When a spouse or loved one dies, surviving family members are often faced not only with the emotional aftermath of dealing with their loss, but also with an avalanche of legal and administrative issues to deal with for which they are totally unprepared. And in these situations, the last thing that grieving family members may have expected is a barrage of phone calls from debt collectors seeking payment for the deceased’s outstanding debts. Often the surviving family members have no idea how to handle these issues. Should these debts be paid? Who is liable? Are other family members personally responsible? And are family members entitled to inherit any assets if there are outstanding debts?
The general rule in these situations, per the State of Ohio, is that the decedent’s “estate” is primarily responsible for their debts. But in many cases, creditors automatically assume that if the decedent had any assets when they died, these assets must be used to pay their outstanding debts before family members can inherit anything. But that’s not really the case! How is that possible? The reason is that it’s only the PROBATE estate that is primarily responsible for the debts. Assets that pass outside of probate do not fall into this category, and are often beyond the reach of creditors (there are some exceptions, discussed later). In cases where the decedent took the time to do probate planning, most or all of their assets could pass outside of probate and thus be exempt from their outstanding debts.
Here are some of the most common examples of assets that can be structured to fall outside of probate:
1) Assets that pass via designated beneficiary form, such as IRA accounts, 401(k)s, pensions, annuities, and life insurance. As long as the form names someone who outlived the decedent, these assets will not need to go through probate.
2) Assets that are titled Joint with Right of Survivorship. This typically applies to the residence owned by a married couple. The “right of survivorship” feature (shown on the title of the property) means that the house will pass to the survivor outside of probate.
3) Assets that are titled Payable on Death (POD) or Transfer on Death (TOD). This applies to any checking accounts, savings accounts, other bank deposit accounts, or automobile titles where the decedent had filled out a form making them POD or TOD.
4) Assets placed in a trust. These assets are considered as being owned by the trust, not the decedent, and pass outside of probate.
If the decedent did proper probate planning, there is often virtually nothing left to go through probate, and thus nothing for creditors to take, even if the decedent had sizeable assets such as IRAs, bank accounts, etc. This often comes as a surprise to family members, who may be approached by debt collectors trying to get them to pay quickly, before they learn these rules.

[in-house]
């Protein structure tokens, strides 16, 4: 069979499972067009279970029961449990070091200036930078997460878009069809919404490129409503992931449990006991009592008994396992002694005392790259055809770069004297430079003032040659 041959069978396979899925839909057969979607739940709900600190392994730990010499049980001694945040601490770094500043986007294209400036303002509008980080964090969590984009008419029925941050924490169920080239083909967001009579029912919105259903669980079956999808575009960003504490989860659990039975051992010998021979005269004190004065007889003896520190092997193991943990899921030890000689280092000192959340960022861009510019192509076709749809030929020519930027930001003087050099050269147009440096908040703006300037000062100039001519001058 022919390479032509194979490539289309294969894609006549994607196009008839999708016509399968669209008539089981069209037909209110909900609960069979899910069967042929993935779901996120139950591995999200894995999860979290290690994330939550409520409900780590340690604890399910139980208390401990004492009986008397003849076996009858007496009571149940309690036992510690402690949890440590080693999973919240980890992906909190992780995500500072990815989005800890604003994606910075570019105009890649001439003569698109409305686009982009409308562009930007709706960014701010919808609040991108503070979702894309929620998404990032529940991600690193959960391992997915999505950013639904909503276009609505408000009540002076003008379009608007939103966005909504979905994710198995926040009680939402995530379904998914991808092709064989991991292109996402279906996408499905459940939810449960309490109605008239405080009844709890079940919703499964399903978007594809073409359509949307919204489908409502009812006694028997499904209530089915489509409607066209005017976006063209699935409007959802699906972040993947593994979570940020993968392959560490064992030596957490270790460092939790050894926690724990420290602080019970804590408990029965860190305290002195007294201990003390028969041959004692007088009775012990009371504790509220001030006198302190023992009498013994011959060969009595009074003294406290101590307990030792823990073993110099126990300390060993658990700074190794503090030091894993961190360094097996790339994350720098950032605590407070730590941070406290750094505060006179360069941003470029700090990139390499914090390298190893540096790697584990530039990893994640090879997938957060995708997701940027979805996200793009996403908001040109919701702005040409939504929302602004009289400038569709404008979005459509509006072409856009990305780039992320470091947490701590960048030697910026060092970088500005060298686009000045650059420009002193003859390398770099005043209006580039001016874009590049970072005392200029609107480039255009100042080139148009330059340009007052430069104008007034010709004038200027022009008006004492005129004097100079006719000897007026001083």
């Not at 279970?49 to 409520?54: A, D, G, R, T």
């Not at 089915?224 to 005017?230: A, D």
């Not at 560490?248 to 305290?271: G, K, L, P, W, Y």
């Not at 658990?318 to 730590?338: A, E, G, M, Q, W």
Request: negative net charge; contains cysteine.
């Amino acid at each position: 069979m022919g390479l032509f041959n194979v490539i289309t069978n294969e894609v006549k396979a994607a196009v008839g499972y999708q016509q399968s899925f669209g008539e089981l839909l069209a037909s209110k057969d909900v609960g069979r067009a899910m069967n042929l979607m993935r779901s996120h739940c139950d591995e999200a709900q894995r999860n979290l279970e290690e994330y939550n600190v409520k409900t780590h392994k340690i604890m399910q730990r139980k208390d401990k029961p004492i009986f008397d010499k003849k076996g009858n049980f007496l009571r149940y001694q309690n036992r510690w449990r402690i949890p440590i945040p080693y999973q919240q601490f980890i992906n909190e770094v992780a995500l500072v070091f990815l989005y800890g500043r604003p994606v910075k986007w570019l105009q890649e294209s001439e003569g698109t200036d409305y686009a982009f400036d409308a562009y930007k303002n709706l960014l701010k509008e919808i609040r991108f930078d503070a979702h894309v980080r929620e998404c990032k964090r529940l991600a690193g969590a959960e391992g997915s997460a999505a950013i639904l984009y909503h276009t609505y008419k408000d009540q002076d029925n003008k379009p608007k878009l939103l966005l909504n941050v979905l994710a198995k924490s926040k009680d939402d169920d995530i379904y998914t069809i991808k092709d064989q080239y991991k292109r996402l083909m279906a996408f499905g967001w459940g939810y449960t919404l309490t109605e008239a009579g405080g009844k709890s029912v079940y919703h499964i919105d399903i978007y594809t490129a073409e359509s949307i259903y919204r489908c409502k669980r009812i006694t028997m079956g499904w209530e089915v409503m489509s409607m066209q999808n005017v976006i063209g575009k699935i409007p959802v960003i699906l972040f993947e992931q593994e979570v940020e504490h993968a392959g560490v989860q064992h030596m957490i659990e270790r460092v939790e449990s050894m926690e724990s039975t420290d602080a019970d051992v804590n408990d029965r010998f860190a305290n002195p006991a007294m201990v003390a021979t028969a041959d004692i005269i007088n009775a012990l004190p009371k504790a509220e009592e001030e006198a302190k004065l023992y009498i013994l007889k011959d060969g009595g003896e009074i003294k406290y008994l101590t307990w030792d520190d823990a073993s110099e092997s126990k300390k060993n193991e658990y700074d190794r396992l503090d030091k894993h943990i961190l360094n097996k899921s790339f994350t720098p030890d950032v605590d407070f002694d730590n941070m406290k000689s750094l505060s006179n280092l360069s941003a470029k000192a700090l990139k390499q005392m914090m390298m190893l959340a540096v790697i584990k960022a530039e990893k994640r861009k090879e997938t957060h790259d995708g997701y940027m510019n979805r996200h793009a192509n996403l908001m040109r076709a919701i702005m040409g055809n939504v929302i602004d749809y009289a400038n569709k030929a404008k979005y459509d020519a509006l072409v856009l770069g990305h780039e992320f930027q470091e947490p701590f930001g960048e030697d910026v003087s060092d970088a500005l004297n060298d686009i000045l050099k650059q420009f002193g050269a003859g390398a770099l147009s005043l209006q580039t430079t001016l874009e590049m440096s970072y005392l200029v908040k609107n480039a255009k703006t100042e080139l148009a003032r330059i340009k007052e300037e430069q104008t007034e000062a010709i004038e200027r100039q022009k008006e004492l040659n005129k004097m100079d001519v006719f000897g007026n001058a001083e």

For example, the decedent may have signed a long-term lease agreement for an automobile shortly before passing away. In these cases, the leasing company may try to collect the payments for the entire contract from the surviving spouse and/or other family members, who may not realize that only the probate estate is liable (of course, in this case, the car itself would have to be returned because under a lease agreement the decedent never owned it in the first place). Another typical example is credit card debt, which is generally unsecured and thus “dies with the debtor,” meaning that it can be claimed only against assets in the probate estate, if any.
There are, however, some exceptions to these rules in which the spouse and/or family members can indeed be liable for some or all of the decedent’s outstanding debts. Here are some common examples:
1) In cases where a family member co-signed for a debt, they would remain personally liable for the entire debt.
2) In cases where the debt is secured by an asset, such as a mortgage on the house or an auto loan secured by the car, that particular asset would be subject to the debt.
3) In the case of medical expenses, Ohio law generally follows the “Doctrine of Necessaries,” which makes the spouse liable for the decedent’s unpaid medical bills.
4) If the decedent had any long term care expenses paid by Medicaid, the State will generally enforce collection from other assets even if they passed outside of probate, in particular the family residence.
As you can see, there are a myriad of rules that can apply when it comes to the question of who is liable for the debts of a decedent. The bottom line is that surviving family members should never make any assumptions, such as thinking they are personally liable for these debts, and/or that they can’t inherit any assets without paying these debts first. Instead, they should speak with a qualified professional and get good counsel before taking any actions in this area. As always, it pays to think before you act! Feel free to contact our office if you have any questions about these issues.